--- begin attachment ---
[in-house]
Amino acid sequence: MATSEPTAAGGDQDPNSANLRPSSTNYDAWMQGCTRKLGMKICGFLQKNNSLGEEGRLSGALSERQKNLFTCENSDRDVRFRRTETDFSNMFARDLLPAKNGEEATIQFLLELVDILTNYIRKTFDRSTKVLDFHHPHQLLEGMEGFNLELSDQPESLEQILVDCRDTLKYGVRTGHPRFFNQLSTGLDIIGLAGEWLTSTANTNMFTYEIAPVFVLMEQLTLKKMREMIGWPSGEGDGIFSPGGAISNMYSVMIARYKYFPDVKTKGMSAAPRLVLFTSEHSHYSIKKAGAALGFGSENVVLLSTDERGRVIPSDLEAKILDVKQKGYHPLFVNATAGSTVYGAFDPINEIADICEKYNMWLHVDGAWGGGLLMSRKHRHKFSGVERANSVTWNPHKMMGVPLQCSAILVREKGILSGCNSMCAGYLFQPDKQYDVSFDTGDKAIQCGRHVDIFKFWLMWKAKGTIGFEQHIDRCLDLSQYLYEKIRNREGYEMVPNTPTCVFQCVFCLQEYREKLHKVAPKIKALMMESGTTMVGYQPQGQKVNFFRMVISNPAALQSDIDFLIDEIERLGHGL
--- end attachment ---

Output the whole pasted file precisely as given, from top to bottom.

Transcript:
[in-house]
Amino acid sequence: MATSEPTAAGGDQDPNSANLRPSSTNYDAWMQGCTRKLGMKICGFLQKNNSLGEEGRLSGALSERQKNLFTCENSDRDVRFRRTETDFSNMFARDLLPAKNGEEATIQFLLELVDILTNYIRKTFDRSTKVLDFHHPHQLLEGMEGFNLELSDQPESLEQILVDCRDTLKYGVRTGHPRFFNQLSTGLDIIGLAGEWLTSTANTNMFTYEIAPVFVLMEQLTLKKMREMIGWPSGEGDGIFSPGGAISNMYSVMIARYKYFPDVKTKGMSAAPRLVLFTSEHSHYSIKKAGAALGFGSENVVLLSTDERGRVIPSDLEAKILDVKQKGYHPLFVNATAGSTVYGAFDPINEIADICEKYNMWLHVDGAWGGGLLMSRKHRHKFSGVERANSVTWNPHKMMGVPLQCSAILVREKGILSGCNSMCAGYLFQPDKQYDVSFDTGDKAIQCGRHVDIFKFWLMWKAKGTIGFEQHIDRCLDLSQYLYEKIRNREGYEMVPNTPTCVFQCVFCLQEYREKLHKVAPKIKALMMESGTTMVGYQPQGQKVNFFRMVISNPAALQSDIDFLIDEIERLGHGL